Growing up in Birmingham, England, diversity and inclusion were part of my everyday life. My neighbors were from different cultural backgrounds including Asian, Caucasian, and multi-ethnic. My aunt was married to a Caucasian man and my cousins were biracial. I remember visiting my aunt and seeing various skin tones, and that became my frame of reference. We played, argued, fussed, and fought with all of the children in the neighborhood, but within minutes situations were resolved, and the fun would resume. At that point in time, it never occurred to me that my skin color may one day define me.
My first friend and best friend was a freckled-faced little girl named Karen. Her mother, Maureen, treated me the same as Karen, and we had so much in common that people referred to us as “twins.” When Maureen took us places, we held hands, hugged, and treated each other with love, care, and respect. We had no idea the world would one day tarnish the innocence of our youth and thrust us into a world in which our race divided us.
As the Chief Diversity, Equity & Inclusion Officer, I am constantly reminded of how words and deeds matter more than ever before. In a climate of injustice, discrimination, racism, marginalization, alienation, and hatred, I reflect on where and when I first experienced the feeling of adverse treatment because of my skin color.
Karen and I were members of the British Dance Academy, performing before dignitaries at the Cadbury auditorium. We were the featured dancers, though another dance academy was also invited to perform. I recall seeing the dance instructor from the other academy whispering with the director and pointing in my direction. I was informed that I would not perform with my dance ensemble. Maureen began packing up our costumes stating that if one of her girls couldn’t perform, neither of us would. The parents of the other dancers in our academy followed her lead. I was too young to understand the gravity of the issue but was intuitive enough to recognize I was the reason it was happening.
As we walked toward the exit, the stage director beckoned for us to wait. She spoke with the parents, explained there was a terrible misunderstanding, and then Maureen informed our group of eight puzzled little girls that we’d be dancing after all. Not only did we perform, I was the featured dancer – “the black sheep.”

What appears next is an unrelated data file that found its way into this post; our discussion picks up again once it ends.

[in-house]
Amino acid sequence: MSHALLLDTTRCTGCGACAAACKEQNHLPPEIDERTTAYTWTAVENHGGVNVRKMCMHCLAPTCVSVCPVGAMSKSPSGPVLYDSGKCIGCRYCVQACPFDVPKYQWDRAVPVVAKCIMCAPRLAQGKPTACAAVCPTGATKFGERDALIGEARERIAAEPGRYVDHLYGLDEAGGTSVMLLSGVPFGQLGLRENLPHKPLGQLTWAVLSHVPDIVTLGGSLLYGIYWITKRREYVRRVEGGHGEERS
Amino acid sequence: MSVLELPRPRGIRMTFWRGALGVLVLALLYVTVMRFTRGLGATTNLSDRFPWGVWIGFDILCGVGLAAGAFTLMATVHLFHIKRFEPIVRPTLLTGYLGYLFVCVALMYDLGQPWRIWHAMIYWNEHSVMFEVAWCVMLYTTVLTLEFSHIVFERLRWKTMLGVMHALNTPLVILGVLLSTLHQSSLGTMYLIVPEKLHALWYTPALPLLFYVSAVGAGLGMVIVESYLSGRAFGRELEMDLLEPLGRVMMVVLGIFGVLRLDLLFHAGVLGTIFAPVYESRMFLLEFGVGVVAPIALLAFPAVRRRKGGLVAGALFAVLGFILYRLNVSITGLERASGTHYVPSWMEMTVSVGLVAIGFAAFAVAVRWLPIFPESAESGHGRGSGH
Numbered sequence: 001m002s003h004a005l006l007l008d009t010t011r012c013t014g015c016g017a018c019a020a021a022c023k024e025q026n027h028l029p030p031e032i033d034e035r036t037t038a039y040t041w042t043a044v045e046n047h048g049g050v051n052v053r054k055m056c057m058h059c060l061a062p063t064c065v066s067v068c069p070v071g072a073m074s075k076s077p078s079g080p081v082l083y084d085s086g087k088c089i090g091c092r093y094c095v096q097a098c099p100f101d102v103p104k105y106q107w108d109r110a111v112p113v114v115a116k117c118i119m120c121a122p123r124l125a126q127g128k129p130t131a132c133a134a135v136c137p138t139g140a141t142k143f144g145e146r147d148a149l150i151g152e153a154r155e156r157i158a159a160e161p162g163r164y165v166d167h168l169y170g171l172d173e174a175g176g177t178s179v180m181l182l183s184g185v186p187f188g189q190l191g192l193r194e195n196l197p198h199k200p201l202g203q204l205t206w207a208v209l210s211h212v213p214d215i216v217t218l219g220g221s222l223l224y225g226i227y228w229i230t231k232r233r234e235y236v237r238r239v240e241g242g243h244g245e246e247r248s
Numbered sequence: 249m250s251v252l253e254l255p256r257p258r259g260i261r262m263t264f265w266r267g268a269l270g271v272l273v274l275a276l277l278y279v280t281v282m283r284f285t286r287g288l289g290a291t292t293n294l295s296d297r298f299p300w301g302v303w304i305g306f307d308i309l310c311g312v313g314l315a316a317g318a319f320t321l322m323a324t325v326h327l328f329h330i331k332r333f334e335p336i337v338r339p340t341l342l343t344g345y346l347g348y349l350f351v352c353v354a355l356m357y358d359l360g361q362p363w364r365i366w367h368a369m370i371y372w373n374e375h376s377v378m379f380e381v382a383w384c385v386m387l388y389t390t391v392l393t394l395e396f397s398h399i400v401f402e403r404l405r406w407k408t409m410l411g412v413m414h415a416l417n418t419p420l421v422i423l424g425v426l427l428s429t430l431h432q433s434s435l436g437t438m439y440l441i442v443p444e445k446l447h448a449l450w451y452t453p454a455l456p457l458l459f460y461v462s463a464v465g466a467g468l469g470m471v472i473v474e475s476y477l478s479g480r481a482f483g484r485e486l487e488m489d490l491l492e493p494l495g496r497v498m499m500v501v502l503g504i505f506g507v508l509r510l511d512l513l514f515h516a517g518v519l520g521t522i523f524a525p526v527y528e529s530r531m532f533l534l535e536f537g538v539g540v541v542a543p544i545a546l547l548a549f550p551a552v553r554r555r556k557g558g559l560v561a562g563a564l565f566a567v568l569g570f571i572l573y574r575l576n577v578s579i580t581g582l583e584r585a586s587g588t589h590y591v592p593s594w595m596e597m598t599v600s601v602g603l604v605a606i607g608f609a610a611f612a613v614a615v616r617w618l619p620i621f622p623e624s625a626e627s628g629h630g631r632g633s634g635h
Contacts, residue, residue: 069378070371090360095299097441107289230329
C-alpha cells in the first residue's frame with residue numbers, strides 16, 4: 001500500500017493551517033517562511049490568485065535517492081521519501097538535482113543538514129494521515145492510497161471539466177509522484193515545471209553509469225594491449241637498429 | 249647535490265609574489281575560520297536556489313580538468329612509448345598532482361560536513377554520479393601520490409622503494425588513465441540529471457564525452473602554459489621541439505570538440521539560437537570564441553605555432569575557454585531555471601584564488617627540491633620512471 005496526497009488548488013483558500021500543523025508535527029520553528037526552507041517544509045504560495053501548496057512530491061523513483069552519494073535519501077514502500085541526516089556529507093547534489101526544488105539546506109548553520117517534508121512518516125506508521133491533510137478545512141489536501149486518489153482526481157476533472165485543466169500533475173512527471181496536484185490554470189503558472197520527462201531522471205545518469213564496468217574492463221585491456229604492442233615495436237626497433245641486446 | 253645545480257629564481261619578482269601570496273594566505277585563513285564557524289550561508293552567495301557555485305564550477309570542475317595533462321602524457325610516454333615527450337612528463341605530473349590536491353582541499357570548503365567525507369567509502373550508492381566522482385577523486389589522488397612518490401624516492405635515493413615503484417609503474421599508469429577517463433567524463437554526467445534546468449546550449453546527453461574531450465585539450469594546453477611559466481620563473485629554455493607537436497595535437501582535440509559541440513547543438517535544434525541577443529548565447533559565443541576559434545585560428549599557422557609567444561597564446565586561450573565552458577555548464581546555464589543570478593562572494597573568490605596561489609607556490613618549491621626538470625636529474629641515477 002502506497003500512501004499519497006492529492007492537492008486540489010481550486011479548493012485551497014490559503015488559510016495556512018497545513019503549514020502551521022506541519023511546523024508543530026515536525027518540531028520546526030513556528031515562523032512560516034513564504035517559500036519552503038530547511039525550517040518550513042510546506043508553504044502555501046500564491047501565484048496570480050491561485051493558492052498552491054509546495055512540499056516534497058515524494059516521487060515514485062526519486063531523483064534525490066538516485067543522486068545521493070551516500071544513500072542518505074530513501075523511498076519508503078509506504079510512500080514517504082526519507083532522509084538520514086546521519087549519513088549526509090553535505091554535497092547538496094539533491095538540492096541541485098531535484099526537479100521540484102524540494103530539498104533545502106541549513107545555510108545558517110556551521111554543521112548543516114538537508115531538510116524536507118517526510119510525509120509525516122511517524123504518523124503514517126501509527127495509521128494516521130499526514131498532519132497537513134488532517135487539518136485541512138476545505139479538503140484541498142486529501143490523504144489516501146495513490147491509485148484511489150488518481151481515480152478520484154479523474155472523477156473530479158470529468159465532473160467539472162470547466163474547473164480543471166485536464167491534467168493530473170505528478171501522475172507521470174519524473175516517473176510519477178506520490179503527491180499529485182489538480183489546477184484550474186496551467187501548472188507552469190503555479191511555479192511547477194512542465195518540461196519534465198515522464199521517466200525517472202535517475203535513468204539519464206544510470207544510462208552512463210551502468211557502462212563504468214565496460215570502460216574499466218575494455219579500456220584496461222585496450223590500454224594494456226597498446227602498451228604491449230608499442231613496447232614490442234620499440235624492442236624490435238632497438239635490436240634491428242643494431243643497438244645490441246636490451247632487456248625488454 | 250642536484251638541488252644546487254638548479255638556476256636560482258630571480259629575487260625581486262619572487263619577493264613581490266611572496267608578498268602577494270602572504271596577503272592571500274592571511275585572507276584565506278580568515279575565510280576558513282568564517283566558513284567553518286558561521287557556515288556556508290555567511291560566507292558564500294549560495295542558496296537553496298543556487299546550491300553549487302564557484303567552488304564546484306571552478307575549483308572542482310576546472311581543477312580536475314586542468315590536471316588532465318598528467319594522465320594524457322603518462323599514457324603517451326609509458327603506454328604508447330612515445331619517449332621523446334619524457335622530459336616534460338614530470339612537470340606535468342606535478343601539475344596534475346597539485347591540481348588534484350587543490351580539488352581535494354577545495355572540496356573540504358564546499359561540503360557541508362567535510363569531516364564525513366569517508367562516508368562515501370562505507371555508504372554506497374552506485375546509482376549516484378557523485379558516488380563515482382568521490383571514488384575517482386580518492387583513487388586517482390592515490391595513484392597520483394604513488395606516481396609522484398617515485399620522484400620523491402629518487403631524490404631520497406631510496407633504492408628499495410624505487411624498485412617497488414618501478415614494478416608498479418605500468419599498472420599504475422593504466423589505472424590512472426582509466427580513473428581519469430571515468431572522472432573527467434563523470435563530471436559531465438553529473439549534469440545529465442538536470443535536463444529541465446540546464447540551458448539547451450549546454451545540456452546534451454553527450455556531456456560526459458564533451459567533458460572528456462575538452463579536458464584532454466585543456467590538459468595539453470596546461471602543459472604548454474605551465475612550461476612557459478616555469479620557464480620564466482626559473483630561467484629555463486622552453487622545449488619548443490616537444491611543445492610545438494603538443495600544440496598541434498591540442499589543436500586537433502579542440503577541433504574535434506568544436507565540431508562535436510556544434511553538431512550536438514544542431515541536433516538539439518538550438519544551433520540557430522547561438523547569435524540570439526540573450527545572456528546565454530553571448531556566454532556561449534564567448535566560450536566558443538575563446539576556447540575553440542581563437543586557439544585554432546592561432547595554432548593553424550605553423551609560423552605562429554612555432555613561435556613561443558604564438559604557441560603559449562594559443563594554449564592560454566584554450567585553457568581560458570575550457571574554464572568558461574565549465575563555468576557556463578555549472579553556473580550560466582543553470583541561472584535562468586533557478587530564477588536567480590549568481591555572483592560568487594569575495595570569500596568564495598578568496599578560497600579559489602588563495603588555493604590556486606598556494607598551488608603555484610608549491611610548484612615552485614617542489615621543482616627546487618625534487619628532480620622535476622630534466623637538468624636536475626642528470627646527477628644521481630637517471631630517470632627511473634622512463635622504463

I find it ironic that the very thing someone tried to use to harm me helped me get center stage. Despite what could have been a devastating outcome, Maureen prevailed, showing the other dance instructor that love will always conquer hatred.
It would not be until years later that I would understand Maureen was my first ally. As I reflected on that particular situation, I began to recognize that it was one of the dozens of times she had protected me from racial slights and indignities.
Individuals from various minority groups face a myriad of adversities on a daily basis. What separates us is not those who choose to stand up for the victims, but those who believe that the advocates and allies must look like the victims to impact and effect change.
We are all equipped to effect change because we were born into the most powerful species, manKIND. Therefore, it is innate that we can be kind. I choose to be the voice for those who might not have the courage to speak for themselves. I choose to advocate for others regardless of what may be favored. I choose to say the things they want to say but are afraid to say. I choose to use my voice to speak words of encouragement, support, power, and kindness.
I believe there is no more extraordinary gift than to love unconditionally, without judgment, and support everyone with the courage to live as their true, authentic selves. We only have one life and should live every moment to the fullest without regret.
Therefore, I will continue to work intentionally to create a culture of care at PTC. And I encourage you to reflect on instances when you were either the victim or ally. Commit to doing everything in your power to demonstrate kindness and compassion, because you have no idea how you can affect the lives of others and give them the courage to pay it forward. Only through consistent acts of kindness can we hope to create a world in which we all thrive.
Marsha N. Lindsay
Chief Diversity, Equity, and Inclusion Officer